Do Not Ring the Bell

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In watching the senior class this weekend, I was reminded of what a unique place Ridgeview is and of some of the reasons I appreciate its students. To begin, they had had a day. First thing in the morning they were briefed about what the senior thesis would entail this year. Later, they stood outside in the intermittent rain and volunteered to allow anyone who purchased a water balloon to pelt them as they stood shoulder to shoulder. They did this to raise the money necessary to host the senior socials – a series of events hosted by the seniors for the various other classmen to build school spirit and unity. There are undoubtedly more comfortable ways in which to raise money, but none that I know of would have demonstrated quite the same sense of unity as this. They then spent the entire night at Ridgeview talking with one another and their teachers, cooking, playing dodgeball, sitting around a fire, dancing, watching a movie, and simply enjoying one another’s company and conversation. The next morning many of them went home, but a handful remained behind to read lines for the upcoming school play. This had now been twenty-four hours in the life of a Ridgeview senior.

I am happy to say that Ella Wheeler Wilcox’s lines from her poem Solitude did not apply to our students that night. She had written, “Laugh and the world laughs with you; / Weep, and you weep alone. / For the sad old earth must borrow its mirth, / But has trouble enough of its own.” Despite the teenage tendency to move between merriment and melancholy at a lightning rate, the students were encouraged at the evening’s outset to set old hostilities and recalcitrant awkwardness aside and let friendship, or at least camaraderie, find its way in for the evening.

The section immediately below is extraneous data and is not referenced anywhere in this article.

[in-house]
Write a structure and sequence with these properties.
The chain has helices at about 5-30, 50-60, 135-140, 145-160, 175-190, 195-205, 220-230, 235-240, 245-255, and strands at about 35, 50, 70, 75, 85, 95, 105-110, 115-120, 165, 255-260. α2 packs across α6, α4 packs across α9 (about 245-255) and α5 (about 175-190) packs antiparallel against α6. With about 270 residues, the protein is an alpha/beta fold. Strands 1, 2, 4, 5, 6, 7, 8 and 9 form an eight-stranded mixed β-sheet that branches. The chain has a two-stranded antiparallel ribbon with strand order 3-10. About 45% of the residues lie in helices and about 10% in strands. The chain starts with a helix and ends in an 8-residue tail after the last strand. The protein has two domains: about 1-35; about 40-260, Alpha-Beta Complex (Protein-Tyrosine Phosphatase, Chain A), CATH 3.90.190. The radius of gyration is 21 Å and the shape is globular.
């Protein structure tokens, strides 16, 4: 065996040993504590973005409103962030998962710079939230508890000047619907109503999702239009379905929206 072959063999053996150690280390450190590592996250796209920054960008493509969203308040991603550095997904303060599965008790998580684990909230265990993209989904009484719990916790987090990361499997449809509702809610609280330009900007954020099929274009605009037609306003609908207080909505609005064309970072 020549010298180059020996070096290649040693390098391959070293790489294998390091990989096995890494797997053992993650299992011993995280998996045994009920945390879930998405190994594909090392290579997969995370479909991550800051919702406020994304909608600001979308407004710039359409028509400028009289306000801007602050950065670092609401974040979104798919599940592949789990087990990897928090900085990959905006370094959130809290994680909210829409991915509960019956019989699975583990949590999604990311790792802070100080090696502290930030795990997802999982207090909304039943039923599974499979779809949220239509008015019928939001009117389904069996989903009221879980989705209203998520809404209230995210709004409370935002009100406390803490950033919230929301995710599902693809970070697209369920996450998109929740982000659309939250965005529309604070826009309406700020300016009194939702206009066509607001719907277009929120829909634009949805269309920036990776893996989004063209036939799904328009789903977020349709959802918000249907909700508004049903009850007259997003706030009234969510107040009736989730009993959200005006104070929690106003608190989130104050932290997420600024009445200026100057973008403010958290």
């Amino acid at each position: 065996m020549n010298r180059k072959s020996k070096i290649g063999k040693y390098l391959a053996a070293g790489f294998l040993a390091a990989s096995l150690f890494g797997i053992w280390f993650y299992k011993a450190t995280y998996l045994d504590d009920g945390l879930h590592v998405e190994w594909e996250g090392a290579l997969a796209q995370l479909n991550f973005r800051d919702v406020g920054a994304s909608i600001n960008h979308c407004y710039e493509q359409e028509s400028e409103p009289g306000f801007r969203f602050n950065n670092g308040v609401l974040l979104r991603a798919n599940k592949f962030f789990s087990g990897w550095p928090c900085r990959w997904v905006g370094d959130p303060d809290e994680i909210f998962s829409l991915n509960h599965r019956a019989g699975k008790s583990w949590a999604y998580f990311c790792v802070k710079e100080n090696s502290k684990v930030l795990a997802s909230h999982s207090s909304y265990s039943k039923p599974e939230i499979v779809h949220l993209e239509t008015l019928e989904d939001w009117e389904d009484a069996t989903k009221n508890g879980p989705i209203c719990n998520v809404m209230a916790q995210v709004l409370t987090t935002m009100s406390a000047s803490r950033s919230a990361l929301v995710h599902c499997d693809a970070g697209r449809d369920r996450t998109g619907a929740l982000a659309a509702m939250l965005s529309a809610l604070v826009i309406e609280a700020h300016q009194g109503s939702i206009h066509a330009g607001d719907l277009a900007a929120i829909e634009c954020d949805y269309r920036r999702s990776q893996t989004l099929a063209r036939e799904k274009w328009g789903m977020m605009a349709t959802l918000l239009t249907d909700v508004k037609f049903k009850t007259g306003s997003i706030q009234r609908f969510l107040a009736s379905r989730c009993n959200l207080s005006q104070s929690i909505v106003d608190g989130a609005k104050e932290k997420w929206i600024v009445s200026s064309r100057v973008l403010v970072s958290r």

When I consider what it is that permits Ridgeview to be successful, I believe that no small part of it is owed to the small class sizes and the personalities that have been forged after years of sweating and stretching. These are, after all, not only the seniors, but the survivors. These are the ones who did not quit when the going got tough or when their parents promised or allowed them an easier way, and when one talks with them, really talks with them, it shows.

The connection between our seniors and Admiral McRaven’s commencement address at the University of Texas-Austin may seem tenuous. We make no pretense of the academic rigors of Ridgeview being equal to the physical or psychological rigors of the Navy’s BUD/S course in Coronado. Neither do we pretend that the challenges we are preparing them for are like those that await members of the armed services on the battlefield. While their differences are great, their similarities are greater. As Admiral McRaven noted, these ten lessons taken from his life experience can be applied to anyone’s life, and it behooves our seniors – really, all of our students – to listen to his address and to consider his remarks early in the year before things become more burdensome, the load becomes heavier, and the enticements to pack it in become too alluring.